In today's world of 16:9 and 1080p, it's becoming more and more important to make sure a game supports a variety of resolutions. A person could be playing on a computer monitor, a 10-inch standard def TV, or the latest and greatest 1080p widescreen. Deciding how to handle widescreen has been a stumbling block in Castle Crashers.
Why is this such a big deal? If we're on a widescreen TV, can't the game just display the extra graphics? Sadly, life isn't that easy -- there are lots of subtle nuances that can have a negative effect on the game.
Unchanging Destiny: Determinism
Determinism means that each event is a direct and inevitable result of everything that has happened in the past. In computer science terms, determinism means that given the same inputs, you'll always get the same output. For a game, the inputs are the player's buttons presses, and the output is the game on the screen. Determinism is a necessary property for a game to have.
Why is determinism so important? The big reason is that all players should have the same, consistent game experience, regardless of what hardware they are playing on. How can differing screen size affect determinism?
In a 2D sidescroller like Castle Crashers, the game logic is tied closely to the size of the screen. The screen stops scrolling when the edge of the screen reaches a certain point. Players and enemies can't move past the edges of the screen. Enemies swing in from just offscreen. The camera zooms out to keep all the players in view. These are just a few of the gameplay elements that are affected by the aspect ratio of the screen. Change the aspect ratio, and the game itself changes.
It seems like these changes might be small and unnoticeable, but they easily snowball into big problems. Let's look at how to ensure gameplay is unaffected when the screen size changes.
1. Decouple game logic from the display.
A game should be viewed as a state machine, ticking from one state to the next without regard for how it's being displayed. The display is just a "camera" that shows a picture of the game, but should have absolutely no effect on it -- your game will still run just the same if you change cameras, or even if you have no camera at all. This fits in nicely with the Model-view-controller design pattern.
To ensure your game logic is decoupled from your display, avoid writing code like:
spawnNewEnemy( SCREEN_WIDTH+100, SCREEN_HEIGHT+100 );
if( player.x > camera.x + SCREEN_WIDTH/2 ) player.x = camera.x + SCREEN_WIDTH/2;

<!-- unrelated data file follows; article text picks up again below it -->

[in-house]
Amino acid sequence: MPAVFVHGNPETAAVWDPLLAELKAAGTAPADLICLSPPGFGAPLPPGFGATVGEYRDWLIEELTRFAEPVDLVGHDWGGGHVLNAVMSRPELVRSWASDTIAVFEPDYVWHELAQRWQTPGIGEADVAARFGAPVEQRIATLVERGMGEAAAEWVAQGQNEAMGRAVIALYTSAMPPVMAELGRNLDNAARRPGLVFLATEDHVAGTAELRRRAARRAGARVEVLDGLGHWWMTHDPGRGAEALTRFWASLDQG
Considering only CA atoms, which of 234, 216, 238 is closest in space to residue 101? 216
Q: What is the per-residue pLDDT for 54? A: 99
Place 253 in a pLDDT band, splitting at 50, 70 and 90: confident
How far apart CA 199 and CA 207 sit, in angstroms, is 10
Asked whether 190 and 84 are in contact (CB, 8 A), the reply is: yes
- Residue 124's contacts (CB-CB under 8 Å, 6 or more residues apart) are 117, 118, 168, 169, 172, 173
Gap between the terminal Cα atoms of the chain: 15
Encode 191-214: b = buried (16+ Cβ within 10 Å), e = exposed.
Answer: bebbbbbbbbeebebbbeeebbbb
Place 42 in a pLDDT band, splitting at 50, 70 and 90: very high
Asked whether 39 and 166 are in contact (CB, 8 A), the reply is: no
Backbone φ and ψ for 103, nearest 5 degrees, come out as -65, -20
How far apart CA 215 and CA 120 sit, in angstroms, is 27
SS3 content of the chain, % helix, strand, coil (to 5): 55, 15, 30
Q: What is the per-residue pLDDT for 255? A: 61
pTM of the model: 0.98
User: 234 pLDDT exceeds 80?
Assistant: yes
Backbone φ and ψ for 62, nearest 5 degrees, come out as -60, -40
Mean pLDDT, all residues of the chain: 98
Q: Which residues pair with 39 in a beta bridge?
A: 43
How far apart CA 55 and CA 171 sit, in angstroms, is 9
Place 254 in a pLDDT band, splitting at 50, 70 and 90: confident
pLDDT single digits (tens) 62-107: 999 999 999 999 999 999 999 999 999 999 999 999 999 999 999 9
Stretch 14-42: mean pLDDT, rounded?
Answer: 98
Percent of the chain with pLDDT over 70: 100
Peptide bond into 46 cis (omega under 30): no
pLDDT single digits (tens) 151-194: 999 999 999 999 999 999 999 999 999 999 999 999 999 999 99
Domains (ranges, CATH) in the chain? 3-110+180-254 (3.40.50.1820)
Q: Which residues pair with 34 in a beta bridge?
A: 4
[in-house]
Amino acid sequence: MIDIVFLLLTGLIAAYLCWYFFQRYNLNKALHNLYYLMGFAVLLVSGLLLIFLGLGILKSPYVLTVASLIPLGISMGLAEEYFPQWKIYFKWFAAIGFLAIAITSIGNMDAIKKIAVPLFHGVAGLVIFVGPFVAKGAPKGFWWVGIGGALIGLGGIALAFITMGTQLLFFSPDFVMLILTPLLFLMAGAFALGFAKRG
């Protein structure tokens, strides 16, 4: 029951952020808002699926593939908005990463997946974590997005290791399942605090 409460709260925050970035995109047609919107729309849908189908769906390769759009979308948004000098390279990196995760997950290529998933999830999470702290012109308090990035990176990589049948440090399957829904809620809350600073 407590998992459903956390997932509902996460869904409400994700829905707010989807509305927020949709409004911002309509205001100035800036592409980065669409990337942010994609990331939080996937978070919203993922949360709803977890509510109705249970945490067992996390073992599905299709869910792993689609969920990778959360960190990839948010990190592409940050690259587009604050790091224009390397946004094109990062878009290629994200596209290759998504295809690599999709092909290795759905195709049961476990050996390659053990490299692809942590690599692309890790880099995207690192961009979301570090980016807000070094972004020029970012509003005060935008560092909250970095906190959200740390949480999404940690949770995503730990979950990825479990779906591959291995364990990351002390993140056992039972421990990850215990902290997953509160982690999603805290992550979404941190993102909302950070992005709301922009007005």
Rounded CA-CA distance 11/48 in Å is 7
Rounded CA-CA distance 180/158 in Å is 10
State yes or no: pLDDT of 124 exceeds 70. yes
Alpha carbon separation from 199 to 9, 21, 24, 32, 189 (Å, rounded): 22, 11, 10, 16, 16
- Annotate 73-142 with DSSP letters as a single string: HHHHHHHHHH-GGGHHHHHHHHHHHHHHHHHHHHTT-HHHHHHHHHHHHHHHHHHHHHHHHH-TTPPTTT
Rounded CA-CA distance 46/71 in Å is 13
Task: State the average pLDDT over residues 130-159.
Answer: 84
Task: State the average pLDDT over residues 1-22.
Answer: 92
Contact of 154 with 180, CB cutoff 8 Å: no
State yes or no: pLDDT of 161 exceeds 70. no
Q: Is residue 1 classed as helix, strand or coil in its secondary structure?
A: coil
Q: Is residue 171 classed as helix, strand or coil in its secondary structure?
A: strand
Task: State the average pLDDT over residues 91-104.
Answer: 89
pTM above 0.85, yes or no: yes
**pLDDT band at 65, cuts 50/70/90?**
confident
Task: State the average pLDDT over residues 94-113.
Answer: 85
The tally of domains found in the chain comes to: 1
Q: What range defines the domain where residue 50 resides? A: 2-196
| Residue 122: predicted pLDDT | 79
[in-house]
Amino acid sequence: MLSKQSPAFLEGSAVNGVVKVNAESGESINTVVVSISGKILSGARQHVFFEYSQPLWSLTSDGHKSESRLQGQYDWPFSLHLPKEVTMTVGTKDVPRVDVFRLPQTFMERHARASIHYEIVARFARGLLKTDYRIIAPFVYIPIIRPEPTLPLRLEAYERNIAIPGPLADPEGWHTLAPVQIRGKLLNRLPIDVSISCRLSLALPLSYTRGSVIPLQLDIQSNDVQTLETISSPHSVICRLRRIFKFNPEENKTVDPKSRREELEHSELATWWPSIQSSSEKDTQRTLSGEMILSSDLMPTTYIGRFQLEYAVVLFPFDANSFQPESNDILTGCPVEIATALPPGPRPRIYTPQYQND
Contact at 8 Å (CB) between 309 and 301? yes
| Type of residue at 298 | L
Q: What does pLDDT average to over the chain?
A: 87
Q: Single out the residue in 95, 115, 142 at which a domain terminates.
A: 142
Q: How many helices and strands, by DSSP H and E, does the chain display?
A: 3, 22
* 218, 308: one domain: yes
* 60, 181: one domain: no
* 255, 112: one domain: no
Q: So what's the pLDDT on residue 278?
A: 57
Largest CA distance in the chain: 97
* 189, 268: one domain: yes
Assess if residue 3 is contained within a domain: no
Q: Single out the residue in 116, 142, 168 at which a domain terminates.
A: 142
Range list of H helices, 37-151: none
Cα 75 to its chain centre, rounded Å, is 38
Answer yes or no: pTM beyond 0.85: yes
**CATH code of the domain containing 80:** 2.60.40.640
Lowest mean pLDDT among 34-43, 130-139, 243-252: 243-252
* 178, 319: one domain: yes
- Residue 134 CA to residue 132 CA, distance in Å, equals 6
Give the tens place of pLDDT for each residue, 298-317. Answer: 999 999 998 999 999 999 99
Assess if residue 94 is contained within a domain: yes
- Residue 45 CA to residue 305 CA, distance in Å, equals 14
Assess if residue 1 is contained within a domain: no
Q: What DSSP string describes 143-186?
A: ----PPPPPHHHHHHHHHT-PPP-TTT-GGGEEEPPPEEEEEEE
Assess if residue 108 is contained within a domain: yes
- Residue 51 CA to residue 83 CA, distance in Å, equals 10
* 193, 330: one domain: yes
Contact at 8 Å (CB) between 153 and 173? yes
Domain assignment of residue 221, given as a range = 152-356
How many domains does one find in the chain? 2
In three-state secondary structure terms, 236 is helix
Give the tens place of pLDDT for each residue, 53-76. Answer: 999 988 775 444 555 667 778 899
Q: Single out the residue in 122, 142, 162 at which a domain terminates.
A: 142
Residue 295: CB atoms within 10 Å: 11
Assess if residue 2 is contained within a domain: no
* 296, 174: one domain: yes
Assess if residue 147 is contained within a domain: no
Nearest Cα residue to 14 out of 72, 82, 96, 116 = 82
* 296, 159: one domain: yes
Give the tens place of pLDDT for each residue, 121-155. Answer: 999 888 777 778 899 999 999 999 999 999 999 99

The enemy's position will vary depending on the size of the screen. The maximum position the player can reach will vary similarly. This violates determinism.
You CAN write code like:
playerHud.x = 10;
playerHud.y = SCREEN_HEIGHT-100;
Naturally, you want the HUD to position itself nicely on the edges on the screen. The HUD will have no effect on the actual gameplay, so doing this is fine!
Unfortunately, decoupling the display in this way is difficult for some types of games. Generally, 3D games are automatically decoupled from the display. On the other hand, many 2D game types rely heavily on the dimensions of the screen -- particularly sidescrollers, where the edges of the screen can play a big role in collision and enemy spawning. This leads to the alternative...
2. Force the game to always use the same size, and letterbox or crop the display.
If your game logic always uses the same size regardless of display type, you have no problem. Unfortunately, you then have to put some blacks bars or other ugly nonsense on the edges of your screen.
Castle Crashers is taking this route. The game itself always runs in a widescreen aspect ratio. On a standard TV, we letterbox the game. Instead of some ugly dead space, we use the extra area to display a nice HUD panel, similar to what Gauntlet does. In widescreen, the game fills the entire screen, and the health bars float on top of the game.
3. Screw it
If you want, you can totally ignore the fact that your game plays differently on one TV than it does on another. Your game is still mostly deterministic, only varying between widescreen and standard televisions. Regardless, this is a Bad Thing -- do you really want your game to play differently for some people than it does for others? It might be slightly harder or slightly easier.
Determinism is also necessary for other aspects of the game. Take multiplayer: say one player is on a standard TV and the other on widescreen. If your game plays differently on the different TVs, how will you possibly be able to keep the two players in sync? Making sure your game plays the same across different hardware will avoid these problems.
Always try to make game logic run exactly the same, regardless of the hardware it is running on.